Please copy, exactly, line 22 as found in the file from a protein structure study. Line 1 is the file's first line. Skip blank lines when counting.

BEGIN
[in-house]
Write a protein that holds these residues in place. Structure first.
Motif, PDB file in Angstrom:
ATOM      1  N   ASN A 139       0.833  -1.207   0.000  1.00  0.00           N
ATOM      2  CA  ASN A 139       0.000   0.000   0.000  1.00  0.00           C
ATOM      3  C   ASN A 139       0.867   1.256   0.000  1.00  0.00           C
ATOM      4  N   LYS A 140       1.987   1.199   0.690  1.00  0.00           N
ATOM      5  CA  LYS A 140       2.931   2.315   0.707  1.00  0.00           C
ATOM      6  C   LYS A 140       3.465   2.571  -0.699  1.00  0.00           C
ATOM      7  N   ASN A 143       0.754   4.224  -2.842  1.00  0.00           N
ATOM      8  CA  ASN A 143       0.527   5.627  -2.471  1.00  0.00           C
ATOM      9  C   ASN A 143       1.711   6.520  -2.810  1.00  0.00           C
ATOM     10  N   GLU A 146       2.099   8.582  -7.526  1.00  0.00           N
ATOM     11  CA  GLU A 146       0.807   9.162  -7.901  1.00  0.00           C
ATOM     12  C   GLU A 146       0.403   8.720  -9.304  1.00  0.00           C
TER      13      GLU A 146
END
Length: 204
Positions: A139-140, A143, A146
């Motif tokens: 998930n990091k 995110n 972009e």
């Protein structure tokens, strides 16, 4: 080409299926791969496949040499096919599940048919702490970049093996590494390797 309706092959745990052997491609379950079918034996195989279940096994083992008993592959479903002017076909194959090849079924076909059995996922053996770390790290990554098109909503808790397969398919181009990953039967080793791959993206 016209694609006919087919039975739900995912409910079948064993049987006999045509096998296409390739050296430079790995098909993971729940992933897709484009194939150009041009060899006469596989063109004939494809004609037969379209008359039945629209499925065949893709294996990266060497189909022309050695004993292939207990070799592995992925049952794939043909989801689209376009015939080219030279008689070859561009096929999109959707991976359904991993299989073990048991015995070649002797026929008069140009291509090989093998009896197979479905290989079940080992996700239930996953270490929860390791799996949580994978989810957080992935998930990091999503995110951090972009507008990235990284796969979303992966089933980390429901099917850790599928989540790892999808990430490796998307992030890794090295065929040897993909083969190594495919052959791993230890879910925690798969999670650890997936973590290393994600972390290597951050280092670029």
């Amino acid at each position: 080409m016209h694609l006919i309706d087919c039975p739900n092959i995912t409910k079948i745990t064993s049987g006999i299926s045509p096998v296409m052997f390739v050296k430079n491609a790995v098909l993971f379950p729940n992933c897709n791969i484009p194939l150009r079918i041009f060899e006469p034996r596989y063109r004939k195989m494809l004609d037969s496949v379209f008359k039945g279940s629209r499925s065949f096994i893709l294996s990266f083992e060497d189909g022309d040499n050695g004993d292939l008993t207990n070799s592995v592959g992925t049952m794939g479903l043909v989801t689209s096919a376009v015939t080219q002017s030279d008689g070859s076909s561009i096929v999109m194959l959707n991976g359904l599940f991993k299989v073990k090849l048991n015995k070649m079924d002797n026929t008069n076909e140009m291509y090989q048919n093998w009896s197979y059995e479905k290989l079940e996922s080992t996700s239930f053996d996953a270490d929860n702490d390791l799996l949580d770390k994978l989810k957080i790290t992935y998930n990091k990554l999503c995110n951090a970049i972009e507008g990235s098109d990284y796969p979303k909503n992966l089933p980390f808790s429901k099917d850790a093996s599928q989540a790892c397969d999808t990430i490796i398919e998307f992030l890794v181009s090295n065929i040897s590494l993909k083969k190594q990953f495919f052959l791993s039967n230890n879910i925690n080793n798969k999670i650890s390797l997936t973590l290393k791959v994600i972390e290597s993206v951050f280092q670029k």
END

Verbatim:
């Amino acid at each position: 080409m016209h694609l006919i309706d087919c039975p739900n092959i995912t409910k079948i745990t064993s049987g006999i299926s045509p096998v296409m052997f390739v050296k430079n491609a790995v098909l993971f379950p729940n992933c897709n791969i484009p194939l150009r079918i041009f060899e006469p034996r596989y063109r004939k195989m494809l004609d037969s496949v379209f008359k039945g279940s629209r499925s065949f096994i893709l294996s990266f083992e060497d189909g022309d040499n050695g004993d292939l008993t207990n070799s592995v592959g992925t049952m794939g479903l043909v989801t689209s096919a376009v015939t080219q002017s030279d008689g070859s076909s561009i096929v999109m194959l959707n991976g359904l599940f991993k299989v073990k090849l048991n015995k070649m079924d002797n026929t008069n076909e140009m291509y090989q048919n093998w009896s197979y059995e479905k290989l079940e996922s080992t996700s239930f053996d996953a270490d929860n702490d390791l799996l949580d770390k994978l989810k957080i790290t992935y998930n990091k990554l999503c995110n951090a970049i972009e507008g990235s098109d990284y796969p979303k909503n992966l089933p980390f808790s429901k099917d850790a093996s599928q989540a790892c397969d999808t990430i490796i398919e998307f992030l890794v181009s090295n065929i040897s590494l993909k083969k190594q990953f495919f052959l791993s039967n230890n879910i925690n080793n798969k999670i650890s390797l997936t973590l290393k791959v994600i972390e290597s993206v951050f280092q670029k």